Collagen injection therapy in elderly women: long-term results and patient satisfaction

J C Winters, A Chiverton, H M Scarpero, L J Prats
Urology 2000, 55 (6): 856-61

OBJECTIVES: To evaluate long-term results and patient satisfaction using collagen injection therapy in elderly women.

METHODS: Periurethral injection of collagen using local anesthesia was performed on 58 women 65 years old or older (range 65 to 86, mean 73. 2) to treat stress urinary incontinence. All patients underwent urodynamic evaluation. Forty-nine patients (84.5%) had intrinsic sphincteric deficiency; 9 patients (15.5%) had genuine stress urinary incontinence. Twenty-one patients (36.2%) had no urethral hypermobility using Q-tip testing, and 37 (63.8%) had urethral hypermobility.

RESULTS: At 2 months after injection, the initial response was assessed: 28 patients (48.3%) were totally dry and 18 (31.0%) were socially continent. Therapy was unsuccessful in 12 (20. 7%). To achieve continence, 1 to 4 injections (mean 1.9) were required. The average total volume to achieve success was 14.6 mL. No significant differences were observed in outcome, volume injected, or number of injections in patients with versus without urethral hypermobility. At a mean follow-up of 24.4 months (range 8 to 43), of the 46 patients who achieved continence, 19 (41.3%) developed recurrent leakage and required reinjection. The average interval to recurrence was 7.9 months (range 2 to 16). Of the 19 patients reinjected, only 8 (42.1%) regained continence. The long-term success rate after repeated injections was 35 (60.3%) of 58. An independent examiner contacted 40 patients for telephone interview. To date, 25 of the patients contacted noted a moderate or maximal level of symptom improvement, and 18 reported continued improvement in quality of life. Thirty-six patients noted minimal difficulty with the procedure, and 34 would recommend the treatment.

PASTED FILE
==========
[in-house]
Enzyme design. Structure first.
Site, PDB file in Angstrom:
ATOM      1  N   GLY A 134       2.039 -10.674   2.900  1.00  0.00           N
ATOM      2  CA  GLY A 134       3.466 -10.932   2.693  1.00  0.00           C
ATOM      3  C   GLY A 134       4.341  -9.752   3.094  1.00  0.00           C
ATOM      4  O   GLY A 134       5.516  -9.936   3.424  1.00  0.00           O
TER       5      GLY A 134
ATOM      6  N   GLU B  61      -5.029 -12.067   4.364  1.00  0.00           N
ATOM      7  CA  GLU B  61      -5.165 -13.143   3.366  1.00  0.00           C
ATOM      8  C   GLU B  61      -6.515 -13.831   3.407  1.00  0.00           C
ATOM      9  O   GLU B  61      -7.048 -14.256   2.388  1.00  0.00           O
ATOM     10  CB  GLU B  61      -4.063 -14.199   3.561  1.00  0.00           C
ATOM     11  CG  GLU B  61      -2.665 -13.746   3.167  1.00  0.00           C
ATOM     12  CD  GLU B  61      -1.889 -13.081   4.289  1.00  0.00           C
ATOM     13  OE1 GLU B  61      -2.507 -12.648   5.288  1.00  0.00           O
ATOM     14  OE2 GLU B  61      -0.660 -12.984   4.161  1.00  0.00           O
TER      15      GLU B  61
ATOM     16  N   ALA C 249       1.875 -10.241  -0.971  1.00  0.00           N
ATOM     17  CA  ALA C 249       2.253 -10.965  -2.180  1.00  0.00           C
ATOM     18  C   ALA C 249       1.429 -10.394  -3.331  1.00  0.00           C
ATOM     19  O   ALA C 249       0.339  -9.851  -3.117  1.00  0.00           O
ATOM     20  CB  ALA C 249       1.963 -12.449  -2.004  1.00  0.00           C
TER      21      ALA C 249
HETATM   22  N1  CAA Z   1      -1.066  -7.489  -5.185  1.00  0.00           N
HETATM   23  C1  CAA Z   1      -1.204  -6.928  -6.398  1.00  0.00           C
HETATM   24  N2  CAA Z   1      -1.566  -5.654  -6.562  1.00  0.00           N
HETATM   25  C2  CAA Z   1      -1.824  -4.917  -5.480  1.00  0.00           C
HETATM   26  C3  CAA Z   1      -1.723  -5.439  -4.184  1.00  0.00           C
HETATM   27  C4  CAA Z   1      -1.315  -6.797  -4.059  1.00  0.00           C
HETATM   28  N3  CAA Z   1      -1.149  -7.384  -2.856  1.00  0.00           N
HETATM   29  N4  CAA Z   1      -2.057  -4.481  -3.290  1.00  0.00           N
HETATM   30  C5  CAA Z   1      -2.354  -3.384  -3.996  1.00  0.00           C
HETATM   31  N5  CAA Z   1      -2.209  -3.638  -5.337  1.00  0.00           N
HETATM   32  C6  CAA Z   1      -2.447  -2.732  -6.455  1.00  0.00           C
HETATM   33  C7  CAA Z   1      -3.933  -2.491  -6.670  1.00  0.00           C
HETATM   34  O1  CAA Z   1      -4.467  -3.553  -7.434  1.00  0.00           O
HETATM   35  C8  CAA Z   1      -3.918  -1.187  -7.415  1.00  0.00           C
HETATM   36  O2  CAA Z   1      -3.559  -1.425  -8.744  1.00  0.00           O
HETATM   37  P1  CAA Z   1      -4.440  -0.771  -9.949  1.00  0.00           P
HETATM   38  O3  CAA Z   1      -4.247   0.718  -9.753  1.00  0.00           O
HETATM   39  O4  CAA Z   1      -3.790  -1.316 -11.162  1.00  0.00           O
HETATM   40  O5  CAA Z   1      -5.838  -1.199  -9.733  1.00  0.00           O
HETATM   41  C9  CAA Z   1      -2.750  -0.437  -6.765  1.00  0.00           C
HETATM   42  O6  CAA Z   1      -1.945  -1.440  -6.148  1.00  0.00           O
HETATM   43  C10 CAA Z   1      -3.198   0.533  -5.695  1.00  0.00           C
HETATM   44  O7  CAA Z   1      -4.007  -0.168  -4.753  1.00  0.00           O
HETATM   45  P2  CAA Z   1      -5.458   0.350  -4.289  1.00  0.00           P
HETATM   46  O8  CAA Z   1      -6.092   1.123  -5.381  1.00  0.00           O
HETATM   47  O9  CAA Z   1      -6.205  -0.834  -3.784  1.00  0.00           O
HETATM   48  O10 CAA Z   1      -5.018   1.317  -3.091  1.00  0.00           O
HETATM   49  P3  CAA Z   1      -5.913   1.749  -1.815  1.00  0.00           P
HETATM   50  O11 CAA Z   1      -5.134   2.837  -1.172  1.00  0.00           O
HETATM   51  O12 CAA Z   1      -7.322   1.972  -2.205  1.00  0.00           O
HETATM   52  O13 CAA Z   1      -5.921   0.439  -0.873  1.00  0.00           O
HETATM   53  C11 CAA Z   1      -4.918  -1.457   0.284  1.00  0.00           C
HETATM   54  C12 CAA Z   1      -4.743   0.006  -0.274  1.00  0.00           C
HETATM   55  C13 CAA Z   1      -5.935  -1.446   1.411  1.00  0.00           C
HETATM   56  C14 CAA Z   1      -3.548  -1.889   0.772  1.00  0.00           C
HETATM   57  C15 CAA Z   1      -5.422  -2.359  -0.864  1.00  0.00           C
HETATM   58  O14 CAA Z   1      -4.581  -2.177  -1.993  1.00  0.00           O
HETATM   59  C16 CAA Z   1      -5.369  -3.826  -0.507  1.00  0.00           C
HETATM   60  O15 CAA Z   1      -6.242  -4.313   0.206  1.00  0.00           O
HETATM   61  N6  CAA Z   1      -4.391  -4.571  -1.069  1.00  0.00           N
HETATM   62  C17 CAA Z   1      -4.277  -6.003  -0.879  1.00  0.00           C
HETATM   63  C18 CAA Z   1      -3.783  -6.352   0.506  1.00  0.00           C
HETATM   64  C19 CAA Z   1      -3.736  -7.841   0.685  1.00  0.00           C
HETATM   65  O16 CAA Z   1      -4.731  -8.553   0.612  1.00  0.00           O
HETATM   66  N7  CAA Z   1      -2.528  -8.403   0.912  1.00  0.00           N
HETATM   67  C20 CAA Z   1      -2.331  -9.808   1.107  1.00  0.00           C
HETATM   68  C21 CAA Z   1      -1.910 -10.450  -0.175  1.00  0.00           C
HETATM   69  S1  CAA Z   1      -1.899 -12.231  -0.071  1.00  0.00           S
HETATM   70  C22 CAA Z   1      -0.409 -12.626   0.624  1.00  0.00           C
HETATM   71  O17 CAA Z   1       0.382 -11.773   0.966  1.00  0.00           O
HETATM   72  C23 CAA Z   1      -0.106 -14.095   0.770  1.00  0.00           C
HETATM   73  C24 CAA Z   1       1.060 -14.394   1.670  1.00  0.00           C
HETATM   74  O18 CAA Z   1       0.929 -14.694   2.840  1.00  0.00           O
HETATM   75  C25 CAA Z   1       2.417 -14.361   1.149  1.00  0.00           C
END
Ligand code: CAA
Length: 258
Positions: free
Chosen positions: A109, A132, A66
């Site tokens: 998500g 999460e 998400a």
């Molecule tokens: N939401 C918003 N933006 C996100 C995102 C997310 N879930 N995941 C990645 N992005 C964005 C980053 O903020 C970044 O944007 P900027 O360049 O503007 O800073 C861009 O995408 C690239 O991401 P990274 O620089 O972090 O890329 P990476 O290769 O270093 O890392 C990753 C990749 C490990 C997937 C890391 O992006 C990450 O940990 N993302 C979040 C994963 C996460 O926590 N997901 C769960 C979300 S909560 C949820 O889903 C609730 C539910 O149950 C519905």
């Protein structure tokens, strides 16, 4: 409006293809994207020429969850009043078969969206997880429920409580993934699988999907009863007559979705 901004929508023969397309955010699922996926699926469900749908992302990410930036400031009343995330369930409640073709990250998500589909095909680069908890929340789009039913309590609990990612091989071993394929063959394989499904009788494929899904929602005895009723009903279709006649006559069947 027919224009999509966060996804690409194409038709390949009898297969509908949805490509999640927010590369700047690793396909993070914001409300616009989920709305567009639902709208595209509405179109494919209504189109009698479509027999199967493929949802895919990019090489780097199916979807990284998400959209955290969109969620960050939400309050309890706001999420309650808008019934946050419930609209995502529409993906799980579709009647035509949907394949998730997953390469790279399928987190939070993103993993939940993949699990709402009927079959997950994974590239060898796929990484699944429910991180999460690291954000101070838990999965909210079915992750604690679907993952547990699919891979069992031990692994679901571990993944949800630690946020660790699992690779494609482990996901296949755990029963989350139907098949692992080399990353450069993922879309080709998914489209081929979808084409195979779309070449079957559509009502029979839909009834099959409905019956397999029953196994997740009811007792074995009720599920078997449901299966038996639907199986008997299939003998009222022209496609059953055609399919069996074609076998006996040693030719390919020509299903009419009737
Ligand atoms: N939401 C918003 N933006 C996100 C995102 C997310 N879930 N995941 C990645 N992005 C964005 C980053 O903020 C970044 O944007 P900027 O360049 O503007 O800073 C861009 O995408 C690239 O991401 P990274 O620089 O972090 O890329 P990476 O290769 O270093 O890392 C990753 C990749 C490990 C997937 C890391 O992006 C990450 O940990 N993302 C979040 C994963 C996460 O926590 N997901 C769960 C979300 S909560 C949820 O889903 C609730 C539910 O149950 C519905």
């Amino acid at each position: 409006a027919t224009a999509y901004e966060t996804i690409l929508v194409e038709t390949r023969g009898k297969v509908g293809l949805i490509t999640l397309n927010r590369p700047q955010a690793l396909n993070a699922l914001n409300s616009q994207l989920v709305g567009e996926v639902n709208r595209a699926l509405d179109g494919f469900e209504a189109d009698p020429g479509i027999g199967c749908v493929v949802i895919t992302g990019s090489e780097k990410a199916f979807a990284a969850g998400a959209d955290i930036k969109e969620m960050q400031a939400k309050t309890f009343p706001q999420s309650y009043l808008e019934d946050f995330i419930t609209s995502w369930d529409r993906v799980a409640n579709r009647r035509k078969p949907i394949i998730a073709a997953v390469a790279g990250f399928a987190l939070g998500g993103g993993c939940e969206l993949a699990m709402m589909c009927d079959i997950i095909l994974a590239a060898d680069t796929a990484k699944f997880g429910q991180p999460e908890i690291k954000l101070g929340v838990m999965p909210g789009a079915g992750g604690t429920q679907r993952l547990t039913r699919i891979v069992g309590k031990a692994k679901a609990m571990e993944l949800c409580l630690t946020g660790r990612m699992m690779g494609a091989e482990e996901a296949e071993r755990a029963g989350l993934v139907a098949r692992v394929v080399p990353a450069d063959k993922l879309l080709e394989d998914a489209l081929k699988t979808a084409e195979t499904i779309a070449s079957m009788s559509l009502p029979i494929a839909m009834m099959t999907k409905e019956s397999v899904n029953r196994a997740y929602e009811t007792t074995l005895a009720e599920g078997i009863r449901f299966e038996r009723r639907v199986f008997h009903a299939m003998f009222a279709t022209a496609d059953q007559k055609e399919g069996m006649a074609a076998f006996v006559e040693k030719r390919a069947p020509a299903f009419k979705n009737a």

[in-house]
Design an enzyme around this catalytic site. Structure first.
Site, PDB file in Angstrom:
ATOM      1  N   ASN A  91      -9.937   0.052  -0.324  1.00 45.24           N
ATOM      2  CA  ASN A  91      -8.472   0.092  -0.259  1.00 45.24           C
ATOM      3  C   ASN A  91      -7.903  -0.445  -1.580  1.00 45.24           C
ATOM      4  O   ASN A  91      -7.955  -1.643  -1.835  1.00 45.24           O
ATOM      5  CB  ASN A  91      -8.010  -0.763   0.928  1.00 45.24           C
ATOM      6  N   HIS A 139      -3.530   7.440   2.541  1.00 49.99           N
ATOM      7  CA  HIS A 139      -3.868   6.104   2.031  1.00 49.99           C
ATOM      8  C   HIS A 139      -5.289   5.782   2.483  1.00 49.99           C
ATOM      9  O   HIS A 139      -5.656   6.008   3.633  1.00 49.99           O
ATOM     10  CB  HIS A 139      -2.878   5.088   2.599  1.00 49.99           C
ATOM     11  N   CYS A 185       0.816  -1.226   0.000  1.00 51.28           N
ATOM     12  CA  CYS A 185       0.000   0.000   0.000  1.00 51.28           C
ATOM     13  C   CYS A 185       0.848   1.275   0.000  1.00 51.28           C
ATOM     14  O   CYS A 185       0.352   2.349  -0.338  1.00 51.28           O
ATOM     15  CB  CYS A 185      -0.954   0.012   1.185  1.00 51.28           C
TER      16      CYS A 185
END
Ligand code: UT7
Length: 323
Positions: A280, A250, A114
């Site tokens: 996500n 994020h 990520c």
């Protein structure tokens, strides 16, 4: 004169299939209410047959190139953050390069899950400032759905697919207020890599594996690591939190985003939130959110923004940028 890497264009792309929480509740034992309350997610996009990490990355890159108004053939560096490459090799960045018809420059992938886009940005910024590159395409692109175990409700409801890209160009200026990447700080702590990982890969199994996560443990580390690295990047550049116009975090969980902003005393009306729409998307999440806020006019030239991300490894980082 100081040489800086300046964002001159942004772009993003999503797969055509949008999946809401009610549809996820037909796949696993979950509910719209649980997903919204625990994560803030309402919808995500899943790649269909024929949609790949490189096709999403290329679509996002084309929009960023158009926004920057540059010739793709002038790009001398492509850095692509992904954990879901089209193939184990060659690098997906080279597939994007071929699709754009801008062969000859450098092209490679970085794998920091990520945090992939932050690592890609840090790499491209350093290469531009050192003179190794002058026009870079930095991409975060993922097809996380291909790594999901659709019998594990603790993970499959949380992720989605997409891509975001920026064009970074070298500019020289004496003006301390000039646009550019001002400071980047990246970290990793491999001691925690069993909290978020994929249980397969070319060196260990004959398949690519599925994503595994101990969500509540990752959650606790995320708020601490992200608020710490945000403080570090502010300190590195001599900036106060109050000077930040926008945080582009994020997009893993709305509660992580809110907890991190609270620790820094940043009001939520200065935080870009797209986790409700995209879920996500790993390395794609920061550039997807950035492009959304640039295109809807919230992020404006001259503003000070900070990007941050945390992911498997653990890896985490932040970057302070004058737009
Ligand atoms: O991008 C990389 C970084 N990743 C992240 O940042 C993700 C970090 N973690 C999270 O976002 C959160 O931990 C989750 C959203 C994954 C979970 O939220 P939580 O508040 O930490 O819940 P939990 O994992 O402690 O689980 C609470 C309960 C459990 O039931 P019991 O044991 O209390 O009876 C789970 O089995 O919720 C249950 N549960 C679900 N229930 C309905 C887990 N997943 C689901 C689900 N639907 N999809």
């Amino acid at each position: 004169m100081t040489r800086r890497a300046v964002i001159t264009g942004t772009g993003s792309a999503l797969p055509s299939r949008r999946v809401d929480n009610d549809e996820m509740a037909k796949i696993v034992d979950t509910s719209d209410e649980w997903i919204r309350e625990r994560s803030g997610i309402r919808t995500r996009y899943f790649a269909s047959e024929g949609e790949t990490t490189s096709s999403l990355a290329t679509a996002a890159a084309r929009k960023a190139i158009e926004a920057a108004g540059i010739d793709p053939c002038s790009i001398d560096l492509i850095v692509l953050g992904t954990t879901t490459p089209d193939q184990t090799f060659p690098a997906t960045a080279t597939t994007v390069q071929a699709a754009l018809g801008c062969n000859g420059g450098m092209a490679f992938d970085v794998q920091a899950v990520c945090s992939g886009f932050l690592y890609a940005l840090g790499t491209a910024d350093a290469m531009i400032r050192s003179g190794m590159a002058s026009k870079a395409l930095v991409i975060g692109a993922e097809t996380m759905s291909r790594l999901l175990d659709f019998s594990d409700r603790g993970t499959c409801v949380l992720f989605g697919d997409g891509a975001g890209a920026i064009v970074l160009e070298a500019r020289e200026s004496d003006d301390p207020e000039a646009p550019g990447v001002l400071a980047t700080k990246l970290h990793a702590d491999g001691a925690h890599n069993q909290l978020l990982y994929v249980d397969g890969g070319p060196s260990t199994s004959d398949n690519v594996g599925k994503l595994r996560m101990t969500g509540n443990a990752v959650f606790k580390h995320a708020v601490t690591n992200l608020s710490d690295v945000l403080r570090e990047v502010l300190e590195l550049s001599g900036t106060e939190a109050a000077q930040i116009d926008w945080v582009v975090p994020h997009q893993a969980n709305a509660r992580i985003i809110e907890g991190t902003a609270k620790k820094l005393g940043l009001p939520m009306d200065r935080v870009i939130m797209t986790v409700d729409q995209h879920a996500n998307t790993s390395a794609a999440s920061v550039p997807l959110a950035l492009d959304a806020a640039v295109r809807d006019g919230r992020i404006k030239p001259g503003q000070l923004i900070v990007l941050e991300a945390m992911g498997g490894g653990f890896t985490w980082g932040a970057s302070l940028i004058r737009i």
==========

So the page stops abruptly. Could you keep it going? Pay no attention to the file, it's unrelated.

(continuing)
CONCLUSIONS: Collagen is a safe, moderately effective alternative to manage stress urinary incontinence in elderly women. Elderly patients should be counseled that approximately 40% will experience recurrent leakage, which may not resolve with reinjection.

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